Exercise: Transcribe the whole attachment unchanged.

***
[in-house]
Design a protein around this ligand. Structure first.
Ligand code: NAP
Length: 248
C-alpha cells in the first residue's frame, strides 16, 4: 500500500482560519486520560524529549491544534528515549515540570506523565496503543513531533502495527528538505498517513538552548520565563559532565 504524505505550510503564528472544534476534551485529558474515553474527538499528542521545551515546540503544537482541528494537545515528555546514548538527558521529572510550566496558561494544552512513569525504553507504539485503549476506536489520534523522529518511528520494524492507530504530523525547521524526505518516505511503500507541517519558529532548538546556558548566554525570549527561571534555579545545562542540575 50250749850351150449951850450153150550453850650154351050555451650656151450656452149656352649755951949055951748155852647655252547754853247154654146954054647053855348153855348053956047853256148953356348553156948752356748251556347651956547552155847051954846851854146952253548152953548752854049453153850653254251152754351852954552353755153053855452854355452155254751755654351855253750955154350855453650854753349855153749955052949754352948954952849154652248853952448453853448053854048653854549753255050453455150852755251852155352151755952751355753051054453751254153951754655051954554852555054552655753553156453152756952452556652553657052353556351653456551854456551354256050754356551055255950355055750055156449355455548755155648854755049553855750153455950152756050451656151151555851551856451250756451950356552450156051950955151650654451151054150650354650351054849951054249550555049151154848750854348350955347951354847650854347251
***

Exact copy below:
[in-house]
Design a protein around this ligand. Structure first.
Ligand code: NAP
Length: 248
C-alpha cells in the first residue's frame, strides 16, 4: 500500500482560519486520560524529549491544534528515549515540570506523565496503543513531533502495527528538505498517513538552548520565563559532565 504524505505550510503564528472544534476534551485529558474515553474527538499528542521545551515546540503544537482541528494537545515528555546514548538527558521529572510550566496558561494544552512513569525504553507504539485503549476506536489520534523522529518511528520494524492507530504530523525547521524526505518516505511503500507541517519558529532548538546556558548566554525570549527561571534555579545545562542540575 50250749850351150449951850450153150550453850650154351050555451650656151450656452149656352649755951949055951748155852647655252547754853247154654146954054647053855348153855348053956047853256148953356348553156948752356748251556347651956547552155847051954846851854146952253548152953548752854049453153850653254251152754351852954552353755153053855452854355452155254751755654351855253750955154350855453650854753349855153749955052949754352948954952849154652248853952448453853448053854048653854549753255050453455150852755251852155352151755952751355753051054453751254153951754655051954554852555054552655753553156453152756952452556652553657052353556351653456551854456551354256050754356551055255950355055750055156449355455548755155648854755049553855750153455950152756050451656151151555851551856451250756451950356552450156051950955151650654451151054150650354650351054849951054249550555049151154848750854348350955347951354847650854347251